In today's post I want to talk about turk's head knots. Turk's head knots are one of these things that make or break your Medieval purse reconstructions. Tassel-heads were hardly ever left bare on extant pieces, and one of the most popular ways to cover them was with these knots.
They were also used by themselves, i.e. without a skirt or tassel, worked around a wooden, leather or parchment core. They embellished the corners or drawstrings of purses, pillows and cushions, or were even used as beads (see images below).
Turk head's knots were made from a number of different materials. In the image above you can see from top to bottom: silk braid, gold gimp and silk gimp. Gimp is a type of cord made by wrapping a thread around a thicker core thread (or bundle of threads). The cord or gimp the knots were made from, varied not only in material but also in thickness or diameter. The thickeness of the cord you'll be working with will influence the size and look of your knot. In the photograph above you can clearly see that the two silk knots are three-pass knots, while the one in the middle made from a thinner cord is a four-pass knot. The number of passes (i.e. how many times you go round when working the cord to make your knot). Medieval knots are often made from fine cord and can use up to seven or more passes.
Although I have never seen turk's head knots made from braided cord on purses before, I did spot them on a c. 1500 rosary in the Museum of London earlier this year. In my attempt to recreate these knots in the first image, you can see that my fingerloop braid (a round 5-loop braid) in the first image is slightly less tight than the original rosary beads, but you get the idea.
When I tied my first knots about 8 years ago, I also used fingerloop braids, even though back then I didn't know there were actually historical examples of this technique. Life is full of wonderful coincidences, isn't it?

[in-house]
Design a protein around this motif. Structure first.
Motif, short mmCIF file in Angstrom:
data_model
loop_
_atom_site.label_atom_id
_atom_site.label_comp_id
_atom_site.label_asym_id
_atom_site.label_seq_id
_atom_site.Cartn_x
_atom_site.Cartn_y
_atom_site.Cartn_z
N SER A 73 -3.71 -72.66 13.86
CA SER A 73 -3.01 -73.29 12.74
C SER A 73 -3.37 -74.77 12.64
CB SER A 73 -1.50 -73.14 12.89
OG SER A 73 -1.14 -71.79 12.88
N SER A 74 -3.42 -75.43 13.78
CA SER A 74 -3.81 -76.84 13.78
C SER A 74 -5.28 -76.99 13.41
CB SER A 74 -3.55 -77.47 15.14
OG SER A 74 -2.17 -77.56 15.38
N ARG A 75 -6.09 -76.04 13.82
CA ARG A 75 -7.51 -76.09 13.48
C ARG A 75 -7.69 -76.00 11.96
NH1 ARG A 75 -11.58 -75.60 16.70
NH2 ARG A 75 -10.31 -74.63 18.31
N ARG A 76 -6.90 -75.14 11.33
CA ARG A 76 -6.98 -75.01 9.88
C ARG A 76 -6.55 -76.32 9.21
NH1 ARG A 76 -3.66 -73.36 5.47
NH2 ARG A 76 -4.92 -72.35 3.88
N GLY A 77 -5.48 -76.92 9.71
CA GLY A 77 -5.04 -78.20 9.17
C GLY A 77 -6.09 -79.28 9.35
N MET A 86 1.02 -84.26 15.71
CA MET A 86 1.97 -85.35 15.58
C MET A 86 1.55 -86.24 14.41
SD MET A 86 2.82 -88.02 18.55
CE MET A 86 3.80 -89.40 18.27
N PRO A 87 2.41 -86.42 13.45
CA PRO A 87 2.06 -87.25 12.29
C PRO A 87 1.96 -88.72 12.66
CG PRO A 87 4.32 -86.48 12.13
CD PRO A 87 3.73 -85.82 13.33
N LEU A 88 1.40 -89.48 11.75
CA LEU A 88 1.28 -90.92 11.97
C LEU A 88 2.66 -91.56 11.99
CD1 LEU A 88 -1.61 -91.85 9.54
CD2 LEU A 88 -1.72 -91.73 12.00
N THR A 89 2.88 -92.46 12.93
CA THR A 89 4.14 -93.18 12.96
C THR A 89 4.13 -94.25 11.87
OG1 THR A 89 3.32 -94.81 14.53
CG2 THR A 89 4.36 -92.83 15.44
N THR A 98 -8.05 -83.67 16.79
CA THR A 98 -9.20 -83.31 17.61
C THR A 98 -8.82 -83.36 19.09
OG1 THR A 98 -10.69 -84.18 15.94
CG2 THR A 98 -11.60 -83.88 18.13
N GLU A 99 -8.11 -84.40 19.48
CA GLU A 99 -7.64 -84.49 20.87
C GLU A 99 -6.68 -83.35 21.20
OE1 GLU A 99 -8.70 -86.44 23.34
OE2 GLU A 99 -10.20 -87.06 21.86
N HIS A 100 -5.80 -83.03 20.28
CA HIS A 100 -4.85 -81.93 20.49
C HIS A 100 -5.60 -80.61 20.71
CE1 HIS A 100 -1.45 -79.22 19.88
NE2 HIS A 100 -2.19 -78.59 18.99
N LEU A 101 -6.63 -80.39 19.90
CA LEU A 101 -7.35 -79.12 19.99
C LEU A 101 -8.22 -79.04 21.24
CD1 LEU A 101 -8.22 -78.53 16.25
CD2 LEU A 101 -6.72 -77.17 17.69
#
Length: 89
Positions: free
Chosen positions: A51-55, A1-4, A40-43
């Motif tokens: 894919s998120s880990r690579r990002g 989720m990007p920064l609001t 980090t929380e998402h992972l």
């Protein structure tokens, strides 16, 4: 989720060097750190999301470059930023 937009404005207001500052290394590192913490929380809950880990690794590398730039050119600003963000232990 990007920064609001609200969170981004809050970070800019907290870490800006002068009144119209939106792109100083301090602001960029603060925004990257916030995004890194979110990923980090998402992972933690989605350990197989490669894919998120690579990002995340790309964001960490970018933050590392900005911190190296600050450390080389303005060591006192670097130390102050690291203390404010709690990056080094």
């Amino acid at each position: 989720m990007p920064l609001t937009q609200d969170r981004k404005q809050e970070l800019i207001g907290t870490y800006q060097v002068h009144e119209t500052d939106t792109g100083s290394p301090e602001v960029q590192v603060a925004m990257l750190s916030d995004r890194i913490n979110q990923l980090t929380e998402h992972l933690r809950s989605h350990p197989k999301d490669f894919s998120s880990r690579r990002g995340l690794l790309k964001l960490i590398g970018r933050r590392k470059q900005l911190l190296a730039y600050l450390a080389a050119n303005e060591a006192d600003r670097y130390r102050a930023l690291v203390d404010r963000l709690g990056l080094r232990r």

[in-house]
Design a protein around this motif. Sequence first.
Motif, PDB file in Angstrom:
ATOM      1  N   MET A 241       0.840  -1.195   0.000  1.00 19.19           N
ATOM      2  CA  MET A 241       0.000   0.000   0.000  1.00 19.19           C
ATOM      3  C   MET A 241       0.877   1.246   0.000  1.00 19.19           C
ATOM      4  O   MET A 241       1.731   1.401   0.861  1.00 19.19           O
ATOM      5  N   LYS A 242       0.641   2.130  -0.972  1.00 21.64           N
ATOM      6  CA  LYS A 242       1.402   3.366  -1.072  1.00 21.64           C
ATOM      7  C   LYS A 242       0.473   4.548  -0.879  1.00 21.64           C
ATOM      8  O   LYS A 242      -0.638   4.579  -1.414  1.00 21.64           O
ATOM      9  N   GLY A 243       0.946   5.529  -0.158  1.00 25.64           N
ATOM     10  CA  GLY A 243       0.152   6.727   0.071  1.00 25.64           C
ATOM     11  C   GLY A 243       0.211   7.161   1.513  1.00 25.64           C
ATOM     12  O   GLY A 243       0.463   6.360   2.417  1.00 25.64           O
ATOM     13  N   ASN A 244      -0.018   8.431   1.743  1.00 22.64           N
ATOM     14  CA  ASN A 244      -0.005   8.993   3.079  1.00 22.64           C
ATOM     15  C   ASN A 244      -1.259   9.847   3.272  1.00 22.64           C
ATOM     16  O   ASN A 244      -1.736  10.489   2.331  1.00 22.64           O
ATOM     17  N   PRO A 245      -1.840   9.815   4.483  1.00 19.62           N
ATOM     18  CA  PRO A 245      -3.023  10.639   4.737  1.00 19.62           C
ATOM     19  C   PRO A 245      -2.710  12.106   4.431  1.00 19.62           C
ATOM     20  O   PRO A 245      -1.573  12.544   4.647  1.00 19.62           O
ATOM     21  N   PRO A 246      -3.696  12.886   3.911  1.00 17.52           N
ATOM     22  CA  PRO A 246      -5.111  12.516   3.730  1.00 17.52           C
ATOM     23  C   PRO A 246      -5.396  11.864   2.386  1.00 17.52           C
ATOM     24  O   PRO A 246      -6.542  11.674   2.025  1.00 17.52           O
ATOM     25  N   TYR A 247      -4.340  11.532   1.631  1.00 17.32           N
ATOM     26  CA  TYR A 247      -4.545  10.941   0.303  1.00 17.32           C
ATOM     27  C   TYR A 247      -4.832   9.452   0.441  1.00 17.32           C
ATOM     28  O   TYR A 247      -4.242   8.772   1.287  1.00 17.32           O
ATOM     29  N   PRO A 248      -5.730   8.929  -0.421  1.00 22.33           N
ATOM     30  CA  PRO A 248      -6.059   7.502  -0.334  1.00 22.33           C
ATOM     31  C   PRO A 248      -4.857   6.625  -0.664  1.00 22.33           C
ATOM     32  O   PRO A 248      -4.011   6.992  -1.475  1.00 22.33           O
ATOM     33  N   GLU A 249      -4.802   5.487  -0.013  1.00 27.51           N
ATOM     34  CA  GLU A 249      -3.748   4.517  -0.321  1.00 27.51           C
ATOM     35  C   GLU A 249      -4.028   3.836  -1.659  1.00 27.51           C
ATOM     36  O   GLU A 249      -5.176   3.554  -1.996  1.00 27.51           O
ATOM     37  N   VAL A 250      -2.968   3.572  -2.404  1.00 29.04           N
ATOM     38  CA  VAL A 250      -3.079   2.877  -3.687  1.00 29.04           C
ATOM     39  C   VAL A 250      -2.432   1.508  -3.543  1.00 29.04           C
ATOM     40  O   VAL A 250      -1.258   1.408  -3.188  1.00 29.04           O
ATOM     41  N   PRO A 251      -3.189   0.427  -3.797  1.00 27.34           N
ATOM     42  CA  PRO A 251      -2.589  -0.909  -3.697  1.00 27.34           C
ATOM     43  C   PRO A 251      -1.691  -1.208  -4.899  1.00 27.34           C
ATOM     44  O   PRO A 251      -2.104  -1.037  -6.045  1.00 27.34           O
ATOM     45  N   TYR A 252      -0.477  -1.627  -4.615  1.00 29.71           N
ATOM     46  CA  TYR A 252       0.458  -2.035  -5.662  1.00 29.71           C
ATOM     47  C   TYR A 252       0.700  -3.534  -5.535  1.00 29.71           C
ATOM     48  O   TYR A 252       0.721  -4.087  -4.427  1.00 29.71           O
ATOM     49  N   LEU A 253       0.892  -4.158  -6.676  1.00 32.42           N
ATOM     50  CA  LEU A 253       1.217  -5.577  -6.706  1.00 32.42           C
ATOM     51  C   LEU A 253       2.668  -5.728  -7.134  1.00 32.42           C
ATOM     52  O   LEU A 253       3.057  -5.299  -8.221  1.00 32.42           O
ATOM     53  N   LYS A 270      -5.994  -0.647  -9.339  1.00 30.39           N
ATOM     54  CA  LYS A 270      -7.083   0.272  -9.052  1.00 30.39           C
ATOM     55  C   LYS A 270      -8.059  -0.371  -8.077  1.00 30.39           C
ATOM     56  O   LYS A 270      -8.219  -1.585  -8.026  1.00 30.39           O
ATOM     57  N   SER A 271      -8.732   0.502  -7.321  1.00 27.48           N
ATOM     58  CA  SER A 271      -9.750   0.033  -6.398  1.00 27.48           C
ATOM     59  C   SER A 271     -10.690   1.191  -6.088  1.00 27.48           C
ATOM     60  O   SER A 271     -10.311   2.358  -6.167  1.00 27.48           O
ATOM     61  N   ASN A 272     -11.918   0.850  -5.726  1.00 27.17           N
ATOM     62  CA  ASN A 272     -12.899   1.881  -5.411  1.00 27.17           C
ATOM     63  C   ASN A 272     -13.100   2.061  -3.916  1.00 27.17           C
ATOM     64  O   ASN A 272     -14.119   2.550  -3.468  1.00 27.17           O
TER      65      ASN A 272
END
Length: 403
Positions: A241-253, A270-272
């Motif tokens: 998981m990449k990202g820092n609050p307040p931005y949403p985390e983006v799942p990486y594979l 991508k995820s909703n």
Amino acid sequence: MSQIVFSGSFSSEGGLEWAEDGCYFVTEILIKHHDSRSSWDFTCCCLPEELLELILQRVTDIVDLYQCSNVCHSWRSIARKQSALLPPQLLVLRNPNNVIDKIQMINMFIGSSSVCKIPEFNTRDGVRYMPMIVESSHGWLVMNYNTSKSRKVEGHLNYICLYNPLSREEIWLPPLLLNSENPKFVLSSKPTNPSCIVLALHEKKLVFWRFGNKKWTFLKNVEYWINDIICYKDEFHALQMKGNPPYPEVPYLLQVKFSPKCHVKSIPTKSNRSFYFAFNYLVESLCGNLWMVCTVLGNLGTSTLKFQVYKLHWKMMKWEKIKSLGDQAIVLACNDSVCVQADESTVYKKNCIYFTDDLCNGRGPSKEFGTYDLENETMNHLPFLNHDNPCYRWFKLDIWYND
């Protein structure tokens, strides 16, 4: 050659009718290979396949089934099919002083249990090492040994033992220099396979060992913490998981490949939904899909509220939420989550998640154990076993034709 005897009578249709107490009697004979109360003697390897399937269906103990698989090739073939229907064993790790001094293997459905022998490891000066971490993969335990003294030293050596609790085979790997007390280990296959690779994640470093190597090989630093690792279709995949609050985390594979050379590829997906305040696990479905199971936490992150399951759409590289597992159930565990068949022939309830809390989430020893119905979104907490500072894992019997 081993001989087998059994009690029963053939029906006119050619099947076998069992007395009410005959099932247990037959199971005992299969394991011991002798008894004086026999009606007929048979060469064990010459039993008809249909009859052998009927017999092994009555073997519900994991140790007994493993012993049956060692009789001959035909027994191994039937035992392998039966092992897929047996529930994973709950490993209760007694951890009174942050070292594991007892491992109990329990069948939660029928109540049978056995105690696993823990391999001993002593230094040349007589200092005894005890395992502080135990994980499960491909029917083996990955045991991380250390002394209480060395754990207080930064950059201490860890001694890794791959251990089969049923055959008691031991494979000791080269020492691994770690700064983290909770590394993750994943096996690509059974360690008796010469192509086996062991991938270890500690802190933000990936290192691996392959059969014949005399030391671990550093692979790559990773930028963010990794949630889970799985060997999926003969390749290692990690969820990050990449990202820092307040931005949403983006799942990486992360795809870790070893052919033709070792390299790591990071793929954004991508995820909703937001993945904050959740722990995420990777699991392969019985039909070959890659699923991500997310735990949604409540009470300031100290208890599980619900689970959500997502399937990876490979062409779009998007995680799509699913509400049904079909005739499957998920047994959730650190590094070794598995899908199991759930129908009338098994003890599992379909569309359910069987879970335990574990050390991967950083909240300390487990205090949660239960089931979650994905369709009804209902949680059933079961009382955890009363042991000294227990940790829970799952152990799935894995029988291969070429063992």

Silk gimp is what I have been using mostly for making my knots, even though it is not the most common option for purses. You can see two purses with silk gimp knots here and here.
The pink knot above is a commercially made one, the yellow knot is made from - not so perfectly done - handmade silk gimp, and the blue monkey fist knot (a knot type that in some time will get a blogpost of its own) from much smoother handmade gimp.
Silk gimp is very hard to come by. Most products on the market are viscose wrapped around a cotton core, and are of such poor quality that they will leave you behind in a very frustrated mood. Making it yourself is not very difficult, but it is a timme-consuming job. There is an old (well, almost ancient by now) tutorial on this blog for making silk gimp, but it needs urgent updating.
The most common materials for turk's head knots on extant pieces are metal thread gimp, or thick metal passing thread. The difference between the two is that metal gimp is made from a round metal thread wrapped around a linen or silk core, while passing thread is made from flattened metal thread wrapped around a core.
Both types are pretty easy to tell apart. Metal gimp has very distinctive perpendicular stripes, as you can see below:
The problem with metal thread gimp, is that it is more or less impossible to find. I had the spool below custom-made. Of course you could also try to make it yourself in much the same way as silk gimp.
Knots made from passing thread can be easily recognized on extant purses because often the metal parts have been rubbed off almost completely, leaving only the core threads behind. This is the reason why I prefer gimp over passing thread. Passing thread does not only wear off more quickly, it also damages much more easily during the knot-making process, which is not very encouraging for a beginner knot-maker.
My advice to any beginning knot-maker would be to start out with using braided cord. Making a five-loop fingerloop-braid is not too hard, and you'll need to learn this skill for making the drawstrings of your purse anyway. The silk needed for your braid is easily available from a number of suppliers (for instance Devere Yarns or naturally dyed silk from L'Atelier de Micky). It is the most forgiving material to tie knots with.
When you've had a few practice runs with braided cord, try making your own silk gimp. You should have gained enough confidence by now to know the whole knot-tying process by heart, so you can focus on the details and handle a slightly more advanced material. Stick to 3-pass knots to begin with.
After this, you can start thinking about using metal gimp, and using thinner silk gimp, making more complicated four-, five- or six-pass knots.
And finally, you should be able to manage knots made with passing-thread. I'm not yet at this stage myself. Hopefully one day.
I hope to share an actual tutorial on the tying of the knots somewhere next week. It depends when the tripod I ordered arrives...